Clarkstown and DOT To Negotiate Additional Study Of Route 59
By Tina Traster
The Town of Clarkstown hopes to begin holding public hearings in May on a zoning change that would turn underutilized fallow lands around the Nanuet train station into a multi-use zone of density housing, retail and office space. However there’s a speed bump. The New York Department of Transportation wants more information. Possibly even a new study.
The DOT has returned comments asking the town for additional traffic studies along state Route 59. Clarkstown has already spent $175,000 on an EIS (Environmental Impact Statement), with up to $70,000 addressing traffic.
Other agencies’ comments on the studies were minor and would not slow down the project’s momentum.
It appears the DOT wants a new study
“It appears the DOT wants a new study,” said town planner Joe Simoes. “We will be meeting with them.”
An additional traffic study could cost between $50,000 and $60,000.
Town officials say it doesn’t make sense to spend additional taxpayer dollars to conduct more specific mitigation plans for development that is, so far, not specific.
“We’re not going to do another study,” said Councilman Donald Franchino, whose ward includes Nanuet. “If the DOT had an issue, this should have come up sooner. We’re going to move forward and vote it through.”
“The New York State Department of Transportation staff reviewed Clarktown’s Draft Generic Environmental Impact Statement for the Nanuet Transit Oriented Development Zoning proposal and we do not agree with some of its assumptions, particularly regarding the potential for traffic to increase on nearby State Route 59,” the DOT said in a statement. “We suggested that those traffic estimates be recalculated. We also suggested, as we often do, that a post-implementation study of the project be conducted to verify initial assumptions and provide a clear framework for future development.”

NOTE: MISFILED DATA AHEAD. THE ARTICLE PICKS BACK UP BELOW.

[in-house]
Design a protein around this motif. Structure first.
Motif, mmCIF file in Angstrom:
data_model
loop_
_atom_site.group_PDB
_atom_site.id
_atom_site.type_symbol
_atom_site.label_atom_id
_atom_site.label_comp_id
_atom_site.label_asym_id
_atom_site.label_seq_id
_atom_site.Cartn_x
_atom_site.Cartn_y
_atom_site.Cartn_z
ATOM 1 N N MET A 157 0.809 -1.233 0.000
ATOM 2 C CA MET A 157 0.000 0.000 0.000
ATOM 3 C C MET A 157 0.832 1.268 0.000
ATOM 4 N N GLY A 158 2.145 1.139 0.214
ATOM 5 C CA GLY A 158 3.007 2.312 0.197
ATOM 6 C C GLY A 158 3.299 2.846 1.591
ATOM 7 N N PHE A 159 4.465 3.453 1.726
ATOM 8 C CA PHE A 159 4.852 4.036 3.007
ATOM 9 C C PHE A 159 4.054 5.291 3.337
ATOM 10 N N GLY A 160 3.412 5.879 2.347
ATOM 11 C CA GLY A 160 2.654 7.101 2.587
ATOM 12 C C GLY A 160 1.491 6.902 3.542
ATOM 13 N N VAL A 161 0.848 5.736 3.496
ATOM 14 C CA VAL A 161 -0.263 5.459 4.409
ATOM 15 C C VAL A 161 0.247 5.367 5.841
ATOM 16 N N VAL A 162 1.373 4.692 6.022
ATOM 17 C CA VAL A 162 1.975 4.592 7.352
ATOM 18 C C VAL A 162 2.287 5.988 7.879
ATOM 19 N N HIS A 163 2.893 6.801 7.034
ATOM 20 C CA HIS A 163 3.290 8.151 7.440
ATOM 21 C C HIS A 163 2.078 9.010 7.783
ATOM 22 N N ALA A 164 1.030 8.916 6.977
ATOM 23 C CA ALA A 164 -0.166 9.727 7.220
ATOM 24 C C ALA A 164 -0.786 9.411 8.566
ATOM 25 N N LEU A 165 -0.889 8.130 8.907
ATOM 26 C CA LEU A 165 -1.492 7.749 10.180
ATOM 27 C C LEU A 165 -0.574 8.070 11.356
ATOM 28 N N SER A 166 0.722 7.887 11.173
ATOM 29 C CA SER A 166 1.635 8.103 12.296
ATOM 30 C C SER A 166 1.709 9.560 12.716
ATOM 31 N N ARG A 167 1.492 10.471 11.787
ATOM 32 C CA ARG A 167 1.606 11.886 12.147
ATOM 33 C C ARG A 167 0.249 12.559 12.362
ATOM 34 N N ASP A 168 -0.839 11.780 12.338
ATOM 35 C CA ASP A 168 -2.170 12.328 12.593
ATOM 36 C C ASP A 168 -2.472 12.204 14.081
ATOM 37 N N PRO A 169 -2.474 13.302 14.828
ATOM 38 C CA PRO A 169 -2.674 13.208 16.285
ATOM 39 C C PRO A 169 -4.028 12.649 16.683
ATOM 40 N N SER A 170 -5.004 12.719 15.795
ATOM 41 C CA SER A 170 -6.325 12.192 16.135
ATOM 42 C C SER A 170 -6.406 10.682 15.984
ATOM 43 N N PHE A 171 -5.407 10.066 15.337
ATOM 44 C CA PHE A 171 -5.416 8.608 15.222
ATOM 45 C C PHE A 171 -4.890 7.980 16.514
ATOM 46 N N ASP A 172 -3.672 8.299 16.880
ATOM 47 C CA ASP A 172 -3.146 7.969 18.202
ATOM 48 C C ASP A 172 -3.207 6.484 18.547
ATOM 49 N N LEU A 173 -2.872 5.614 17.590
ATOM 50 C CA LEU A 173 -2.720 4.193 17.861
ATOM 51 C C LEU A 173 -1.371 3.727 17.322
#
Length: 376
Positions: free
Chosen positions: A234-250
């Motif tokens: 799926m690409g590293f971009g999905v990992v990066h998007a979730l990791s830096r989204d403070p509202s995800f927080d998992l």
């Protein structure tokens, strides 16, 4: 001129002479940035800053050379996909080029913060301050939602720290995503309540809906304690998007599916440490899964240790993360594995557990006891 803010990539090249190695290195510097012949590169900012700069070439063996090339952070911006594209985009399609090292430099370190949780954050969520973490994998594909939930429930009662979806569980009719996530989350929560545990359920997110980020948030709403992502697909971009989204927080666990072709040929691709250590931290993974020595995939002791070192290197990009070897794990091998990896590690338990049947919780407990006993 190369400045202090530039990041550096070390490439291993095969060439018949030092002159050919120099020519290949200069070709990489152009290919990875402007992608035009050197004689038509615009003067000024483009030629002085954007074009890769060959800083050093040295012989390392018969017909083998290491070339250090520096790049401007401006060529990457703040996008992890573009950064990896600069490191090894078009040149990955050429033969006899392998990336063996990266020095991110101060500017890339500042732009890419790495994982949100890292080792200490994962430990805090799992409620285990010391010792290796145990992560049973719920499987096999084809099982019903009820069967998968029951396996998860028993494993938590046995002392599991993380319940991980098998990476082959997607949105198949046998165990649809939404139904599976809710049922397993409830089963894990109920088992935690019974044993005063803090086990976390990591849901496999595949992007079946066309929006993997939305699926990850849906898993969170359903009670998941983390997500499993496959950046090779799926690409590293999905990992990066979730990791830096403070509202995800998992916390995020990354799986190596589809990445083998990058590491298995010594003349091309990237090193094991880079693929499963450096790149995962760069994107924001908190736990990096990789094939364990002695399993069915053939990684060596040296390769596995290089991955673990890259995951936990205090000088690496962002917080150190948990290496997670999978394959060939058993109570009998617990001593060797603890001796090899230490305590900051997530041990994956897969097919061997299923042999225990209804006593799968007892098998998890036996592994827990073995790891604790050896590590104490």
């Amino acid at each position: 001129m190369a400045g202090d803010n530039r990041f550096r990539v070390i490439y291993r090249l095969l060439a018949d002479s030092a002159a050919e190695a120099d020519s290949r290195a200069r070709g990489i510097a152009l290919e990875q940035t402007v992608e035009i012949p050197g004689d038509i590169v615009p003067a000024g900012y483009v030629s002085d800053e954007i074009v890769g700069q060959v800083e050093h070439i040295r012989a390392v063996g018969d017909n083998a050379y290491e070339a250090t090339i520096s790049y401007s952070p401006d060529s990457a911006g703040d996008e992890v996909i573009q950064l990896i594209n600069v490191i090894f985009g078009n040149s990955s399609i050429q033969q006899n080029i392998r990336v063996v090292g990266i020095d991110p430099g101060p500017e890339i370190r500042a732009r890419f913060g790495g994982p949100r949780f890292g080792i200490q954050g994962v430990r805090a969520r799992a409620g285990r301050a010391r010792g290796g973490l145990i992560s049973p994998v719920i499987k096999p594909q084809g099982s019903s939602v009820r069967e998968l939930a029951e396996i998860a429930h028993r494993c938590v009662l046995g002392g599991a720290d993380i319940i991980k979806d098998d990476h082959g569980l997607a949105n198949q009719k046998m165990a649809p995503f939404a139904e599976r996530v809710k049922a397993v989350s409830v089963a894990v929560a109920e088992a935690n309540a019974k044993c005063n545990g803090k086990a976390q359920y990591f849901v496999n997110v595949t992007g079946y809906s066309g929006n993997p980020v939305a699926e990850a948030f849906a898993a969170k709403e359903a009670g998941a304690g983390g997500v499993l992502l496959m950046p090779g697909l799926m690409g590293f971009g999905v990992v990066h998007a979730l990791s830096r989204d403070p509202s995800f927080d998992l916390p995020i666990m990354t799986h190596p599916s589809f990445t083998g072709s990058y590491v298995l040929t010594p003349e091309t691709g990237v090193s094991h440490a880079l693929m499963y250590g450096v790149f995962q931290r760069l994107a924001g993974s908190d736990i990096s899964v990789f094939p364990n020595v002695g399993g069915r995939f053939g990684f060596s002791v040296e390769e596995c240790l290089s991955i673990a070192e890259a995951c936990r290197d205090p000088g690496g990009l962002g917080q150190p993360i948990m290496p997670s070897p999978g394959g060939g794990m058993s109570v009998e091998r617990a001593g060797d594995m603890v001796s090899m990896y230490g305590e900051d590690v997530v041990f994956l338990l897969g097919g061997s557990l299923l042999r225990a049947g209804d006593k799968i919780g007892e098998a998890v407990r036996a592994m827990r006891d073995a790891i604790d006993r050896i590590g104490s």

For nearly a decade, the Town of Clarkstown has contemplated transforming a tired, rundown 38-acre section of Nanuet that encircles the train station into a multi-family residential hub with ground-level commerce and walkable streets. The zoning changes required to turn that blueprint to reality have full-blown support of both the town council and the commerce organizations.
The thinking behind building up to 750 housing units in and around a train station is to attract a commuting population, particularly millennials looking for one and two-bedroom apartments. Retailers know commuters are a captive target for goods like food and coffee, and that they buy goods and services on a repeat basis. The new zoning includes 412,777 square feet of new commercial space.
Clarkstown could move forward with plans to rezone without the DOT’s blessing but some town officials would like to find consensus. That said, they balk at the idea of taking up a new study to address Route 59 issues with a specificity that for now is hypothetical.
“The DOT is looking for additional traffic analysis that identifies mitigation for impacts before the development proposals come in,” said Simoes. “Some of this can be identified but we not sure how specific we really need to be, or how useful that would be until we know what developers plan to do.”
The DOT has been studying and improving various sections of Route 59 in Orangetown and Ramapo in recent years. In light of the DOTs comments on the TOD, Clarkstown town officials plan to ask the DOT to shoulder its share of responsibility to update the state highway.
“Route 59 is a state highway,” Franchino added. “We’re not going to do enhancements to a state road.”
read more: https://rcbizjournal.com/2018/12/29/proposed-zoning-change-would-dramatically-alter-nanuet-business-streetscape/